More tax reform is needed to repair the economic damage Covid-19 will wreak. But tax hikes are not the way forward. Richard Murphy explains.
We can only hope the worst of the pain and death has happened with Covid-19 . That hope is however, in vain when it comes to the economic impact of this crisis. We know that most of the consequences of coronavirus have yet to happen and the onus on economists to plan for what might happen next is high.
Some are rising to this challenge and discussion on how to pay for the crisis is commonplace. The role of tax features highly. But while the Financial Times said in July 2020, “tax rises will be needed to fill Britain’s fiscal hole,” I argue that is wrong.
Tax rises are currently the last thing we need. If anything, in the face of an economic crisis created by a lack of demand, tax cuts are what we need. I could live with the status quo on overall yield. But I would, however, add that not wanting overall tax increases at present does not mean we should not be reforming taxation right now. I strongly suggest that we should, with three objectives in mind:
- greater equality in society, which we need because the more equal society is the greater the potential demand for goods and services it generates, and that demand will be our way out of recession;
- simpler tax system because for far too long we have had complication for no apparent reason, as the Public Accounts Committee noted in July 2020; and
- sustainability – we need to use the tax system to encourage activity that will get us out of recession in a sustainable fashion.
Were these three priorities to inform a programme of reform then some obvious actions follow.
First, and most obviously, we need to increase taxation on those with the greatest wealth. I have shown that had increases in wealth in the past decade been taxed at the same rate as income, then up to £174 bn of additional tax revenue could have been secured in the tax year 2017/18. However, I do not think this is the moment for a wealth tax. The reality is that this might raise little revenue: I have estimated it to be no more than £9 bn a year. Worse, it might take years to agree the basis for such a tax. What we need to do instead is what is possible now, and that is to increase the taxes paid on income or gains from wealth, which are seriously undertaxed at present when compared to income derived from work.
There are numerous ways to achieve this. The tax rate on capital gains could be equalised with that on income, as Nigel Lawson did when he was Chancellor under Margaret Thatcher. Alternatively, we could have an investment income surcharge, as existed until the 1980s, which would charge an additional 15% income tax on annual investment income in excess of (say) £5,000, with a higher allowance for pensioners. In addition, all tax allowances and reliefs might be restricted to the basic rate of tax. Do this and considerably more revenue than might be raised by a wealth tax could be collected.
“While lower taxes for those on low pay sound good there are better ways to achieve redistribution.”
However, if the goal is not to overall collect more tax then this extra revenue must be given away with the same goal of reducing inequality in mind. While lower taxes for those on low pay sound good there are better ways to achieve redistribution. Lower national insurance for employees is one good way to do this, which would be aided by extending the revised rate to all incomes, rather than have the current system which caps most contributions for the higher paid. And Universal Credit could be increased whilst the so-called taper that removes Universal Credit as additional income is earned could be eased and child benefits could be enhanced. Greater equality is possible.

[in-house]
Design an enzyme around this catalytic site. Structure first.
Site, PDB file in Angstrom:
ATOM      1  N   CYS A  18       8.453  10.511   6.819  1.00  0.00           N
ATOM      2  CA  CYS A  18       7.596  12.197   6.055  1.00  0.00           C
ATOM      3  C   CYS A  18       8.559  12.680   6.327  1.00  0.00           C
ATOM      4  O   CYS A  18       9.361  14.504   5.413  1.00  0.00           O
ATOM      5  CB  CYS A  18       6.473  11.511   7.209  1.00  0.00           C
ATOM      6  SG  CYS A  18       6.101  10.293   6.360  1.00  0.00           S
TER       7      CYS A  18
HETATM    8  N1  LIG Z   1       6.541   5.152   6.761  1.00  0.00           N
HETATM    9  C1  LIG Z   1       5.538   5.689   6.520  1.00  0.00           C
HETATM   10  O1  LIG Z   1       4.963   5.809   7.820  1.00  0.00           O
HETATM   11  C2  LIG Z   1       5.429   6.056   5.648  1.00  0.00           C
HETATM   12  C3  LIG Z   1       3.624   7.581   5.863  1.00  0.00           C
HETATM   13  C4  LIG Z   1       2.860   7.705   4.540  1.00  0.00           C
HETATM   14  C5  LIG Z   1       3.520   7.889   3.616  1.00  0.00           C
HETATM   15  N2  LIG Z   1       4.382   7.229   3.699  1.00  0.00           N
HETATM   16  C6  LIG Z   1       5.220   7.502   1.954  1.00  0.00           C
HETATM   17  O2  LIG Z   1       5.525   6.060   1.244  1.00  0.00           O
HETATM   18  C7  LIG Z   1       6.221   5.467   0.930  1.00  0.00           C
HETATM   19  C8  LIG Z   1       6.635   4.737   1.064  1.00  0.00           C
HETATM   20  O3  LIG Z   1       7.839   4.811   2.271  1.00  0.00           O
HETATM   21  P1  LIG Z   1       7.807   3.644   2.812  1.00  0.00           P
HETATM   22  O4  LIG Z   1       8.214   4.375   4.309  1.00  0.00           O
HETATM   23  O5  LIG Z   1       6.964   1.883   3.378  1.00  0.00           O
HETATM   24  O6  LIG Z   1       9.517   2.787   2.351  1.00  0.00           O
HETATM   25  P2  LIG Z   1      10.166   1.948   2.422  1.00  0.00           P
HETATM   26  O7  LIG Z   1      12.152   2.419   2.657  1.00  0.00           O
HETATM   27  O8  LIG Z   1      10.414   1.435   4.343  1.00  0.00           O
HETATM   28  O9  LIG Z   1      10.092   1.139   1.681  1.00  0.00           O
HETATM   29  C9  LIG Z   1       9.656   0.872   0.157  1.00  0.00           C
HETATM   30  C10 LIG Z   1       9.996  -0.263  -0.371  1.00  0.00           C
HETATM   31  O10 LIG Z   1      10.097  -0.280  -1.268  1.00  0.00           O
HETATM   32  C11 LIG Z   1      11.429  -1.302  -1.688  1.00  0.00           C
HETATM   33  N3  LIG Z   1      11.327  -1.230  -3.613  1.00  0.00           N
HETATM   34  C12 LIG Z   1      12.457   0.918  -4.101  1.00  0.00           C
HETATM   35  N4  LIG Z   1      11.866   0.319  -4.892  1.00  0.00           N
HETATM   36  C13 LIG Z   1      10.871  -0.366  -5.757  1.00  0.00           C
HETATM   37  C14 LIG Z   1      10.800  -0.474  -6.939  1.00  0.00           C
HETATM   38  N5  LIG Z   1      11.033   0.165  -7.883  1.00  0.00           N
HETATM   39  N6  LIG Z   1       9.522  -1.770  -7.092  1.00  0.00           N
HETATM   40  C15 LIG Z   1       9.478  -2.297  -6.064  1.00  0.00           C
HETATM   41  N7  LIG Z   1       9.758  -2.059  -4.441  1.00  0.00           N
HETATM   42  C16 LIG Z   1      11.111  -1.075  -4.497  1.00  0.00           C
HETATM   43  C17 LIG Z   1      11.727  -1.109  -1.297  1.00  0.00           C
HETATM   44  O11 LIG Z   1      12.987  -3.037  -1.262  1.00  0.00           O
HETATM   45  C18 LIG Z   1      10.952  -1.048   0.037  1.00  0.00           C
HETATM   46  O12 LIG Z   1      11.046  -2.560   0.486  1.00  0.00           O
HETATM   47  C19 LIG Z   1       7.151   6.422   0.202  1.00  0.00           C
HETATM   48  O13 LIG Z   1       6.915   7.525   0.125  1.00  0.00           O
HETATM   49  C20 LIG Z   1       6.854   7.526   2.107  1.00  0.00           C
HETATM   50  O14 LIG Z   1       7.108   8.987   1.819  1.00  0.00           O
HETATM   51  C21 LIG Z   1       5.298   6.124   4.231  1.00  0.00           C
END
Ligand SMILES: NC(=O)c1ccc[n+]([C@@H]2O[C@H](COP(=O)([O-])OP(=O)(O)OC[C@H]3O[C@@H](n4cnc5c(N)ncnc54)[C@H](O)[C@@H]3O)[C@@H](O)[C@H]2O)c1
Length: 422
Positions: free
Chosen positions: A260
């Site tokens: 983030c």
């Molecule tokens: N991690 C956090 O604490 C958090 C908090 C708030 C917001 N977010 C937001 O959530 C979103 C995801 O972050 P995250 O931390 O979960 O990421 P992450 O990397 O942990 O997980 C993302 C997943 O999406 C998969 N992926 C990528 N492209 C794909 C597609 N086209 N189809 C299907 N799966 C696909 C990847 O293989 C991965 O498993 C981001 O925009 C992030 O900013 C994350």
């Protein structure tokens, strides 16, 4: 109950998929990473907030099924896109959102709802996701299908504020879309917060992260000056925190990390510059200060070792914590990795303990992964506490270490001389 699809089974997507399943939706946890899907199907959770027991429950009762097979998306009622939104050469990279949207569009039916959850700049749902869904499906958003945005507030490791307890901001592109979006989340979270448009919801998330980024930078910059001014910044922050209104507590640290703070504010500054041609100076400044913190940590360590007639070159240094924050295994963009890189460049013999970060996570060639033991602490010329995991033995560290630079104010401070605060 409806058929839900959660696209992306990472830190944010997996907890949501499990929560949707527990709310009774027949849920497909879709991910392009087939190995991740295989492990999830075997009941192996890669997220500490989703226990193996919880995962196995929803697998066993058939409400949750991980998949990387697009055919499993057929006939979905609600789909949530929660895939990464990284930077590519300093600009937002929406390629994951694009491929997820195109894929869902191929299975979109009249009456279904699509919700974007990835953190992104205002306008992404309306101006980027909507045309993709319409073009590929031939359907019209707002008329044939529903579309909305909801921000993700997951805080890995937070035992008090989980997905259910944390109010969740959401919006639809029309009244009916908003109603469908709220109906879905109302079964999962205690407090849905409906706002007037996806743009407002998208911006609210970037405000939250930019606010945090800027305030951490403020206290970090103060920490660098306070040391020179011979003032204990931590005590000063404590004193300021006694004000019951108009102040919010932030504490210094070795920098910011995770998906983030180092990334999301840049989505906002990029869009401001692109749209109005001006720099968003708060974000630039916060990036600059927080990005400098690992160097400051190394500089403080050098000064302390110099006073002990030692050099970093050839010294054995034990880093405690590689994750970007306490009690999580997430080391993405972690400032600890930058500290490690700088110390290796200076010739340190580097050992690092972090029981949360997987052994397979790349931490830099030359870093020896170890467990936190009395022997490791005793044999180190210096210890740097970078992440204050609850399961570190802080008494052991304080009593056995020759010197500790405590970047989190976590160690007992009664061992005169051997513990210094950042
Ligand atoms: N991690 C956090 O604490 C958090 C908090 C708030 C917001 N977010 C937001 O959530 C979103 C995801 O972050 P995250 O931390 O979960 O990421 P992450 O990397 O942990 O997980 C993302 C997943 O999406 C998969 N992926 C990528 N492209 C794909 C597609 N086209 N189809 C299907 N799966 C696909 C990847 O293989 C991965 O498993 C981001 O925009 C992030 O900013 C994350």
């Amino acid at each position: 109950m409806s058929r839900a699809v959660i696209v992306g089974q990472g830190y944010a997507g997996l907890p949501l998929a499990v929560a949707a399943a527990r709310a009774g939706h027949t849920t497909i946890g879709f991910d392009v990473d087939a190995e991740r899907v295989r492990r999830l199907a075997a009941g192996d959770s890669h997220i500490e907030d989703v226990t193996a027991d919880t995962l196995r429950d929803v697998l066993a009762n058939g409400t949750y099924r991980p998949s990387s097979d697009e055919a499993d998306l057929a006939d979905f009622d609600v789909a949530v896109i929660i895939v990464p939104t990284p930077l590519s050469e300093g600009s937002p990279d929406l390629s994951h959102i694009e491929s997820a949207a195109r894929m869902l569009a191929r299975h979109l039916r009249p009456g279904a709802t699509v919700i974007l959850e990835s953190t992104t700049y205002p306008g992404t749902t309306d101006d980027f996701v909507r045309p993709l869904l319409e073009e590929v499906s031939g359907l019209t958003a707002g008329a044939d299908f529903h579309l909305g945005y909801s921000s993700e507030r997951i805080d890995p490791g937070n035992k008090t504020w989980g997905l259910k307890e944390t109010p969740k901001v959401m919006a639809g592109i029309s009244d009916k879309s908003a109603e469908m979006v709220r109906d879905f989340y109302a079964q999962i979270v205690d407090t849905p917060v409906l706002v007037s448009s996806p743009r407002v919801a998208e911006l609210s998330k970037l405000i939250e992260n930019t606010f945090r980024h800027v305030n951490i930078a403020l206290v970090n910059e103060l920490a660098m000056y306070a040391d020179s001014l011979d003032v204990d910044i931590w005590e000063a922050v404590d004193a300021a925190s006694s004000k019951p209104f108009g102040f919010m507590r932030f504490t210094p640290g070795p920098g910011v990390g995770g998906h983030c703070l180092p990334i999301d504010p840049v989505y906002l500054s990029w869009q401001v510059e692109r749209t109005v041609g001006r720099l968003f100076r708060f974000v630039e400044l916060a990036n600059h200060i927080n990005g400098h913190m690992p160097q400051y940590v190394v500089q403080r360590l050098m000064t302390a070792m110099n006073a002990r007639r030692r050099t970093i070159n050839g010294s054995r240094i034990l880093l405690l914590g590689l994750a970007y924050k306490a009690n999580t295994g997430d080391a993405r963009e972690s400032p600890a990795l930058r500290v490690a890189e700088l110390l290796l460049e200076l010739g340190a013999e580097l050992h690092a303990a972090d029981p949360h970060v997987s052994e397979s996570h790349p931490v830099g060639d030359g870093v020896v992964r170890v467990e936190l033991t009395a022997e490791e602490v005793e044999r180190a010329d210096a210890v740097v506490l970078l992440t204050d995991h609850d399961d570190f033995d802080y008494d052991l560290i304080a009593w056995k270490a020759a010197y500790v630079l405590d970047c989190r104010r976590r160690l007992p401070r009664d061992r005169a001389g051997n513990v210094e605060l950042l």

So too is simplification: the already proposed reduction of all tax reliefs to the basic rate of income tax would help achieve that goal. The remaining reliefs, allowances and exemptions should then all be subject to a tax spillover assessment, which not only checks their worth but whether they can also undermine the integrity of the tax system as a whole.
That then leaves the third objective, which is making sure that the tax system supports the sustainable recovery of the economy.
One way to do this is, perversely, by increasing the corporation tax rate for large companies. If this was set at 30% (as it was only a decade or so ago) with companies given increased tax allowance for green investment, then the incentive to build our future would be higher – exactly what we require.
But that is not all that could be done. As research I have done with Andrew Baker of Sheffield University has shown, around 80% of wealth in the UK is held in tax incentivised assets, from property, to pension funds to ISAs. Pension funds and ISAs are especially costly. Depending on how you measure the subsidy to these, the costs vary between £40bn and £60bn a year. That encourages £70 bn a year to go into ISAs. More than £100 bn goes into pensions.
Now, however, suppose that all ISAs were in the future required to be invested in government-backed bonds which funded the Green New Deal. And suppose 25% of all pension contributions had also to be invested in schemes to create the Green New Deal as a condition of getting tax relief on the contributions made. Add these two sources of tax-incentivised funding together and almost £100 bn a year might be available – without using a single additional penny of tax, but simply by redirecting existing tax incentives, and £100 bn is widely considered to be the most needed for this purpose.
There is, then, considerable scope for tax reform after coronavirus. Doing so could transform the society we live in. Critically though, we do not need tax increases to achieve this. We can do better without them.
Richrd Murphy is professor of Practice in International Political Economy, City, University of London